Mom sharing margarita with 2-year-old didn’t know it contained alcohol
SALEM, Mass. — The Lynn mom spotted sharing her margarita with her 2-year-old daughter last summer at a Salem restaurant didn’t know that a margarita contains alcohol, her attorney insisted on Tuesday.
“She thought it was non-alcoholic, like a fruity drink from her home country of Haiti,” Sheldy Nelson’s lawyer, Brett Levy, told a Salem District Court judge.
Levy made the remarks during a hearing where he hoped to convince Judge Emily Karstetter to continue the case of child endangerment without a finding for 11 months and then dismiss it. Doing so, the attorney argued, would spare Nelson from the risk of deportation.
But Karstetter said she was in agreement with prosecutors who wanted a guilty finding, two years of supervised probation, random alcohol tests and a parenting class for Nelson, 42.
Margarita in a sippy cup
Prosecutor Katelyn Giliberti described how police were called to an area just outside the Salem Waterfront Hotel and Suites on Pickering Wharf last Aug. 29 for a report of a woman and a toddler who both appeared lethargic as they sat outside the hotel.
Police quickly learned that the two had been inside Brodies Seaport, a restaurant adjacent to the hotel, and had been asked to leave after employees saw Nelson letting the little girl take sips from her margarita. Witnesses said she then poured some of the drink into the toddler’s sippy cup — even after a waitress had asked her to stop sharing the drink.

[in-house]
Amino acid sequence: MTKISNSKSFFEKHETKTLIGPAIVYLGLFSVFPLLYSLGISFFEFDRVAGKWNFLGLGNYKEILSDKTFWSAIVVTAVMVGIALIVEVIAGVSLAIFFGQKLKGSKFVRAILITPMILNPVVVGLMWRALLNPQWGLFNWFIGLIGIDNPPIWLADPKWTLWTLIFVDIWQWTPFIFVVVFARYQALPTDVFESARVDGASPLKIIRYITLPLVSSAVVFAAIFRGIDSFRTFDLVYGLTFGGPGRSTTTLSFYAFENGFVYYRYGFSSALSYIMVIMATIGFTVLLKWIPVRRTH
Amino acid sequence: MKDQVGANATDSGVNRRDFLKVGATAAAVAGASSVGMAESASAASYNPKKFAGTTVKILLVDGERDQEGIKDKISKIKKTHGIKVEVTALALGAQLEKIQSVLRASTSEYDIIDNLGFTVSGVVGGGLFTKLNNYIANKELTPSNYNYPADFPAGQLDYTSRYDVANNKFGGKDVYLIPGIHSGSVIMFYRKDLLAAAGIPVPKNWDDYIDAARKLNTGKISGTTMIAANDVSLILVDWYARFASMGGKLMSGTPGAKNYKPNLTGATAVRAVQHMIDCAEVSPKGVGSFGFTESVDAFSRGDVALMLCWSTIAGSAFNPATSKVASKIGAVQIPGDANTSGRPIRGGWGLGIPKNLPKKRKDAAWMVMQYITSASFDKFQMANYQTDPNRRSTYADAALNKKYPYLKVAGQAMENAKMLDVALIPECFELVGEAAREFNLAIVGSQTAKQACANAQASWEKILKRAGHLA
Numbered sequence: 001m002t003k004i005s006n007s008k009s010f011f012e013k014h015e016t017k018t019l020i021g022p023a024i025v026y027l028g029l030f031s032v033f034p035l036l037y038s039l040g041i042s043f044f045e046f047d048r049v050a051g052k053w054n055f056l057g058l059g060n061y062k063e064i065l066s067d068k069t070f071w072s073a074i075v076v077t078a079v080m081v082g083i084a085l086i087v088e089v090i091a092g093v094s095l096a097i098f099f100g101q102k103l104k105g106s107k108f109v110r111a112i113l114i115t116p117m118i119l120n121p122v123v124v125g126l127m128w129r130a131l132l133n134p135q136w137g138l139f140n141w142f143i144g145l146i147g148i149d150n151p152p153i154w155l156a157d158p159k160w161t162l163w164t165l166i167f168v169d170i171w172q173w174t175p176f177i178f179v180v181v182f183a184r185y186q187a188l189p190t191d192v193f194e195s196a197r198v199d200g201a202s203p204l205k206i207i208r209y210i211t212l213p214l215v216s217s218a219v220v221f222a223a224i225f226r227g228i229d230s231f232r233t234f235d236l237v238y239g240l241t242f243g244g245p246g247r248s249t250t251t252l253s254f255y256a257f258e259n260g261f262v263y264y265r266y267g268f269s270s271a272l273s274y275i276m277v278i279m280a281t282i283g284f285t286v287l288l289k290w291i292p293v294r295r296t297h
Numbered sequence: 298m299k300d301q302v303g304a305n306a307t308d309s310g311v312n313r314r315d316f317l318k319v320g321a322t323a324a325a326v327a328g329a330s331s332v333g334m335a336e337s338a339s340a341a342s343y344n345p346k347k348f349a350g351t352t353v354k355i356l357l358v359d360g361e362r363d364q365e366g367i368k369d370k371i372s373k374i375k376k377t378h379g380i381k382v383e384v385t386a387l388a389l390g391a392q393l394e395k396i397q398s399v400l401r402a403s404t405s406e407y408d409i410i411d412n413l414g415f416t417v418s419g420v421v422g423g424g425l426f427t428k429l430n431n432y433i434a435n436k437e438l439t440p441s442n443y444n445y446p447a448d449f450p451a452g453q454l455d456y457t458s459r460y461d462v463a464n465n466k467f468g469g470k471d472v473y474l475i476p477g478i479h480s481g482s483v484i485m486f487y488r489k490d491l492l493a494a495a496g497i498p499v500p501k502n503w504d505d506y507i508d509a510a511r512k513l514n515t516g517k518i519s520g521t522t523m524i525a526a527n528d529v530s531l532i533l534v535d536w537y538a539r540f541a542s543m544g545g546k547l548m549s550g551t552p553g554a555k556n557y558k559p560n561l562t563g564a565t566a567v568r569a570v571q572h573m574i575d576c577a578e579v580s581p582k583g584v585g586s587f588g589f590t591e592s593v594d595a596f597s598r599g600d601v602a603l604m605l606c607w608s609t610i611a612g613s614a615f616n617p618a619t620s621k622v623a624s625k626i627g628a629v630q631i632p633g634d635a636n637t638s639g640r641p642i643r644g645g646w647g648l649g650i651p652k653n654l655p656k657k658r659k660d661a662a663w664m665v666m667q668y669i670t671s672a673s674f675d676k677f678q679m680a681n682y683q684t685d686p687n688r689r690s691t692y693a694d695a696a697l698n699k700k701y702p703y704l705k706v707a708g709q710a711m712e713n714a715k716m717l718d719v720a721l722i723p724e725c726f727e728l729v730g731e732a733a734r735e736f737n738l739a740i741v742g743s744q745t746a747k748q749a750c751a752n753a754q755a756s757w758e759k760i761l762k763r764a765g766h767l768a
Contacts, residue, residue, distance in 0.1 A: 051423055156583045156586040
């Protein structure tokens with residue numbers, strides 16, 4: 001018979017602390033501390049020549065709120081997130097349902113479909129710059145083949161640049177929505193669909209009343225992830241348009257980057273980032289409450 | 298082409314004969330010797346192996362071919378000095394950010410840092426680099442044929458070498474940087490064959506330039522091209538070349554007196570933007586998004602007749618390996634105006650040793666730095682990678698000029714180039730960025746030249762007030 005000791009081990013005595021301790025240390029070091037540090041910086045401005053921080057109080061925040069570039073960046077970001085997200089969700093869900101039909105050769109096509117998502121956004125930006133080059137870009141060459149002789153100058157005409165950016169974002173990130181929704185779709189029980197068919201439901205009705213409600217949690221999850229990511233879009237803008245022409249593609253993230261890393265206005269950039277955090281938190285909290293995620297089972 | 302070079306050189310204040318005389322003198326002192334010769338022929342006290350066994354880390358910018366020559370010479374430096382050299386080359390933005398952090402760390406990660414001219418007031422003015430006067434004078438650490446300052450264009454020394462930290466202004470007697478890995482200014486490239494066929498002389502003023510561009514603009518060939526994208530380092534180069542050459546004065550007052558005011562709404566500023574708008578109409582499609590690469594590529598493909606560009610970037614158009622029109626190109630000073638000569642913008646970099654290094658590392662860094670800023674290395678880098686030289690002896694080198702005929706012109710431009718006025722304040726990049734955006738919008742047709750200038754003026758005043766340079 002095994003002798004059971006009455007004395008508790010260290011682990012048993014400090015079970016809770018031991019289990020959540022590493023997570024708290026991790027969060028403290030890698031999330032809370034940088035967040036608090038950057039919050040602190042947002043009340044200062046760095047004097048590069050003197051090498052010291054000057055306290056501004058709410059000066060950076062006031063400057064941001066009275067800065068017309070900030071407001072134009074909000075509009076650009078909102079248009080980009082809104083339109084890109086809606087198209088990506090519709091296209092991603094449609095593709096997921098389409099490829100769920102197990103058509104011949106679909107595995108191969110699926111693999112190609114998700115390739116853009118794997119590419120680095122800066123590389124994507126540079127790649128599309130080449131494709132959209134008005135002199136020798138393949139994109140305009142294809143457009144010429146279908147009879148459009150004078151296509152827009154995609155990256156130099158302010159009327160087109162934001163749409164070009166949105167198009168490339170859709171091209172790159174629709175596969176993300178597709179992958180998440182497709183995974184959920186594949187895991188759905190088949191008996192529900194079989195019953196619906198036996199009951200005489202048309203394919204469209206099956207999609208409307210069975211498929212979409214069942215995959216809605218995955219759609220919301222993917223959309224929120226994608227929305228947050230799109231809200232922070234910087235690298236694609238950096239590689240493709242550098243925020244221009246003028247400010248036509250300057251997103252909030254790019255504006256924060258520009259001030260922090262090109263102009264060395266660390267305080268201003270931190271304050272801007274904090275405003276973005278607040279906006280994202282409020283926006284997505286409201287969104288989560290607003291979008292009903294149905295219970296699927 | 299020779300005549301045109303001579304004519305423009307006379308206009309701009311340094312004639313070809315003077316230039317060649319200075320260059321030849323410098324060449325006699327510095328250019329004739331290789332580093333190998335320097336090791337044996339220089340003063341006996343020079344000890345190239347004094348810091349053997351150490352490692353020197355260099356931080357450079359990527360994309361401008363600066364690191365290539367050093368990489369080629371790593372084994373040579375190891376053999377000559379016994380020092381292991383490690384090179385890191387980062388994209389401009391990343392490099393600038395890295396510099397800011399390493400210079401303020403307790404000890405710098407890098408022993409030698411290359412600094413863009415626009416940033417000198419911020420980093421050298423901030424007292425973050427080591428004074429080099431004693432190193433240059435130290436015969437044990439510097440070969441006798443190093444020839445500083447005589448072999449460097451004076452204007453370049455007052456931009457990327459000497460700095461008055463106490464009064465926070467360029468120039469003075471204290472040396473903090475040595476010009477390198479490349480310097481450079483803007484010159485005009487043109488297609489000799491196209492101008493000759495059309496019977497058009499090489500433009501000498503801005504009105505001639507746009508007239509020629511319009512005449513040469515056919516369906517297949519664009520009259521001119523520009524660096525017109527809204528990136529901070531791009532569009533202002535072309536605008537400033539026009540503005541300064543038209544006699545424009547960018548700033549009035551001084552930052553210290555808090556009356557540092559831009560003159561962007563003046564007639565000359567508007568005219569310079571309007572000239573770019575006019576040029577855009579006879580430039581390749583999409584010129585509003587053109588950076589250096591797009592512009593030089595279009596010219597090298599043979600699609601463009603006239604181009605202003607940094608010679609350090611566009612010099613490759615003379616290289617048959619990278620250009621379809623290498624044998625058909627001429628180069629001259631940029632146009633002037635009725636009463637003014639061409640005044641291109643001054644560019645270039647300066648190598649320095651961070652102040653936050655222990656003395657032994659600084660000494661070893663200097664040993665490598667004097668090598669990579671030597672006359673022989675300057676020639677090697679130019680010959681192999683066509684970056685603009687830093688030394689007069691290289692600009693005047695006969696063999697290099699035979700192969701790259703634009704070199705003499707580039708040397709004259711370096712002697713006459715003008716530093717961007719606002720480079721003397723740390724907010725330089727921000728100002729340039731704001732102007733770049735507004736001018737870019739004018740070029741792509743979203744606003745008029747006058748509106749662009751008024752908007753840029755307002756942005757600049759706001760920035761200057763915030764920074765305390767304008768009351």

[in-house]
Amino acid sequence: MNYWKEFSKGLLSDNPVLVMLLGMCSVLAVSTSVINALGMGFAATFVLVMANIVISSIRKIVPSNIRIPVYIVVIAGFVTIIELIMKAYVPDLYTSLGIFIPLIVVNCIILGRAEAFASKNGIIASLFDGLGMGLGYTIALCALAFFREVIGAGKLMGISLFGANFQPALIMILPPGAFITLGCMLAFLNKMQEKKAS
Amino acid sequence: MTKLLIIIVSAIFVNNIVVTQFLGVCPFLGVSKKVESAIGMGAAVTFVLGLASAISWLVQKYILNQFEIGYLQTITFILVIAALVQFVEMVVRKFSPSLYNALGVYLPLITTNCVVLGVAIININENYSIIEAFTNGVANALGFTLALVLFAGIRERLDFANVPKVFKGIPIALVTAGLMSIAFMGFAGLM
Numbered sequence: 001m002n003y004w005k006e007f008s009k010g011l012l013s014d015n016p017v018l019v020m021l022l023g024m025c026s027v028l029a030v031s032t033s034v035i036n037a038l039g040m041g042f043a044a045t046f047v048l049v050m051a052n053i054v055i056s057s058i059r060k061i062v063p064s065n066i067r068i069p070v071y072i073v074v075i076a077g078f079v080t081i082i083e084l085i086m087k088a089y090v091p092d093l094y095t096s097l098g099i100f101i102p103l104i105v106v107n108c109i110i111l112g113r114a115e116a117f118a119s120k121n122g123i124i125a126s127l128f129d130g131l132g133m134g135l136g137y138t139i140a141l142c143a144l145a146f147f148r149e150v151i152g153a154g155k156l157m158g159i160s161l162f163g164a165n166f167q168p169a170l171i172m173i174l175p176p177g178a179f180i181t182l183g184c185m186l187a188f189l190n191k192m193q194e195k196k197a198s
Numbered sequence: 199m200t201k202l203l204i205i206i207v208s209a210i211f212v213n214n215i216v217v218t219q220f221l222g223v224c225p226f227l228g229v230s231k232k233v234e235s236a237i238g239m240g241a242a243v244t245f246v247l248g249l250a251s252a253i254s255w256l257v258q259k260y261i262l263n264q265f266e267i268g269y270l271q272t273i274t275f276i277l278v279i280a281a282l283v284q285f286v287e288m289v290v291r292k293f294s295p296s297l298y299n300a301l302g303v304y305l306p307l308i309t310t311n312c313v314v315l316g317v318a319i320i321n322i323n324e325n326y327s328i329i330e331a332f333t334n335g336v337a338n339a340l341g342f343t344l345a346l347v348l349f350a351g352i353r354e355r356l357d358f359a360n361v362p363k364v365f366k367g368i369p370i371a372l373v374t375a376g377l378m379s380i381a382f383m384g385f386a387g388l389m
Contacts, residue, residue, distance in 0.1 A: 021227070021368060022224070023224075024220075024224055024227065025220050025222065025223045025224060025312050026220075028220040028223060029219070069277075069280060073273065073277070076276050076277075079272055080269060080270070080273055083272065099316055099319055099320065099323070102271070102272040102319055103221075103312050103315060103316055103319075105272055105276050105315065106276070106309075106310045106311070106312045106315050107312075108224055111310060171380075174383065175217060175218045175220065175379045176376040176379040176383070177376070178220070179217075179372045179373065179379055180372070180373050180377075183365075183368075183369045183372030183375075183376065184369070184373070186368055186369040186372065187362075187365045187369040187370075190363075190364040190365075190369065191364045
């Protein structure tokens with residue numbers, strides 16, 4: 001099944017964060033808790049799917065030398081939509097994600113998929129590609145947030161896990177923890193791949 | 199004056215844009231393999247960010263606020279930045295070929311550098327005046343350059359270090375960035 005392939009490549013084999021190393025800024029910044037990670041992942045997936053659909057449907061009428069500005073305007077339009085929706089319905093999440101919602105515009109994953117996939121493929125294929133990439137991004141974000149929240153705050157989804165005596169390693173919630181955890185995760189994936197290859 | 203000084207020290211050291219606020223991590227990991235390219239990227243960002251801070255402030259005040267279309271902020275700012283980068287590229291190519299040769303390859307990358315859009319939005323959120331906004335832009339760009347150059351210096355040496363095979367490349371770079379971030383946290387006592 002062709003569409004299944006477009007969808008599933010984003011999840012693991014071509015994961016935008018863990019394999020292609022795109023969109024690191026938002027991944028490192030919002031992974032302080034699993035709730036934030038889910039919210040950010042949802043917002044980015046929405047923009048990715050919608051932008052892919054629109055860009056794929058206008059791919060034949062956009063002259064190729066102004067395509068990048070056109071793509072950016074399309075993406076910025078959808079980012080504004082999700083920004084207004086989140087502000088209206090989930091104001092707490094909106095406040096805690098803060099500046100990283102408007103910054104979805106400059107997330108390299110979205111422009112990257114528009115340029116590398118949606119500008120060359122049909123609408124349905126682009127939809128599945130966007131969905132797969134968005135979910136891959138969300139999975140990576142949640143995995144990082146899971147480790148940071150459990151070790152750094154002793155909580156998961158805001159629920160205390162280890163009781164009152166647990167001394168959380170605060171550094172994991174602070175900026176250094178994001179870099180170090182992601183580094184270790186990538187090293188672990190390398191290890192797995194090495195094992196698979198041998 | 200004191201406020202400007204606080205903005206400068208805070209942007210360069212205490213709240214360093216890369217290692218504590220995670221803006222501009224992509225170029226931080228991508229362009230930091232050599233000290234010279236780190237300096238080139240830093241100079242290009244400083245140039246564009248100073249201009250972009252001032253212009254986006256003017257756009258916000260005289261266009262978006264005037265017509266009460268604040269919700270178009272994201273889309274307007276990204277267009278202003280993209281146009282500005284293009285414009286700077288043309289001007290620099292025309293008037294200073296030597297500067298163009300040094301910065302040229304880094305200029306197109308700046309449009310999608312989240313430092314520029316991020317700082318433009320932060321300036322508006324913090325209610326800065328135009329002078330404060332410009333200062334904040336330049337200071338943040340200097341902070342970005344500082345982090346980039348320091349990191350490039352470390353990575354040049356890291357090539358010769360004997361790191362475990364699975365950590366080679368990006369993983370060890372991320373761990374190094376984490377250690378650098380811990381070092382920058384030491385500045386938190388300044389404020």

Margaritas typically contain tequila and sometimes a liqueur called curacao.
Doctors at North Shore Children’s Hospital later confirmed that the girl had alcohol in her bloodstream.
Giliberti went on to tell the judge about an incident soon after that in Lynn. During a supervised visit at a Department of Children and Families office, Nelson refused to let her daughter go and began to shake the child.
Nelson insisted at the hearing that she was only trying to put ice from her drink into her daughter’s cup that day in Salem.
But prosecutors and police believe Nelson knew she was giving her child alcohol — and that she has a drinking problem herself, noting that just two weeks ago, Nelson, who has been free on bail with conditions that she not drink, tested positive for alcohol.
Levy, the defense lawyer, said the positive alcohol test, at 5:30 a.m., was the result of her using mouthwash.
Levy said his client had tested negative for alcohol the night before, and had passed a drug and alcohol test for a job she was planning to start.
And he argued that imposing a guilty finding would trigger deportation proceedings, “probably taking her away from her citizen daughter,” Levy told the judge.
But Karstetter was unpersuaded by the argument, telling Levy she was also concerned that Nelson was not admitting to wrongdoing.
“Get a date for trial,” the judge told the lawyer.
That trial is now set for July 15.
Julie Manganis of The Salem News reported this story.